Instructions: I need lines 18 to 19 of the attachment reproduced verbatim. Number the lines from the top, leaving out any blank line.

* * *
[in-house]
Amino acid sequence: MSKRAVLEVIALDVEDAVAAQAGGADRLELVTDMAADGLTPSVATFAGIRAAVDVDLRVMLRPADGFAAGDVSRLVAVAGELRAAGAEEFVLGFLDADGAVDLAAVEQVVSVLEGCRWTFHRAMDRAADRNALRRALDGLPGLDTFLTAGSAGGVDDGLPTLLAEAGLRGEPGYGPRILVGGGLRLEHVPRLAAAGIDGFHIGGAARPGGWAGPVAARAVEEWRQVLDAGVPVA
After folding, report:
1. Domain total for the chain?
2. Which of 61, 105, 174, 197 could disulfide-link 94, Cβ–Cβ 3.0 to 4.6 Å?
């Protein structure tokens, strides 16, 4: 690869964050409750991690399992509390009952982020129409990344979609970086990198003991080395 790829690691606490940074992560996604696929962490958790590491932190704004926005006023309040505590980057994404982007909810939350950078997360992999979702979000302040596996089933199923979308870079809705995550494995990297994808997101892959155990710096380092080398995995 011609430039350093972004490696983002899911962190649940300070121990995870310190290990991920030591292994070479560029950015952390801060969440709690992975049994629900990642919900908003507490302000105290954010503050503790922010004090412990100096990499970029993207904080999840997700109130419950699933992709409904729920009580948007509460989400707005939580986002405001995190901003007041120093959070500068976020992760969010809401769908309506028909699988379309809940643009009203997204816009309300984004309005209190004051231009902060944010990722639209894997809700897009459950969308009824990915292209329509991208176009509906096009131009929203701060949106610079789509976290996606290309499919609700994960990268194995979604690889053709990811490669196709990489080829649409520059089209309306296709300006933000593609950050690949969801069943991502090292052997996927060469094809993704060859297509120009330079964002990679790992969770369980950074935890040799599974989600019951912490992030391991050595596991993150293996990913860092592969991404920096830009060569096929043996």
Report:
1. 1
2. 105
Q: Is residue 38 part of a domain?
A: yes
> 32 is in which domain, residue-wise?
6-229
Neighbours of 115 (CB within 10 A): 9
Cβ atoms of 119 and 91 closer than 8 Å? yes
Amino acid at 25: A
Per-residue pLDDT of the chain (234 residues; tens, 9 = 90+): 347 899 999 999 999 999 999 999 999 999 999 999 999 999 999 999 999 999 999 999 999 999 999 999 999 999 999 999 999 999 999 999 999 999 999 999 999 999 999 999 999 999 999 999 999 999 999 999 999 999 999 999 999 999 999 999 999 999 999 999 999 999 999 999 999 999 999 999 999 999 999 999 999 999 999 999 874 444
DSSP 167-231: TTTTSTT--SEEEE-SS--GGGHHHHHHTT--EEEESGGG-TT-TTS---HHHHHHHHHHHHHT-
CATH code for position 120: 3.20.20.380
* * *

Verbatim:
DSSP 167-231: TTTTSTT--SEEEE-SS--GGGHHHHHHTT--EEEESGGG-TT-TTS---HHHHHHHHHHHHHT-
CATH code for position 120: 3.20.20.380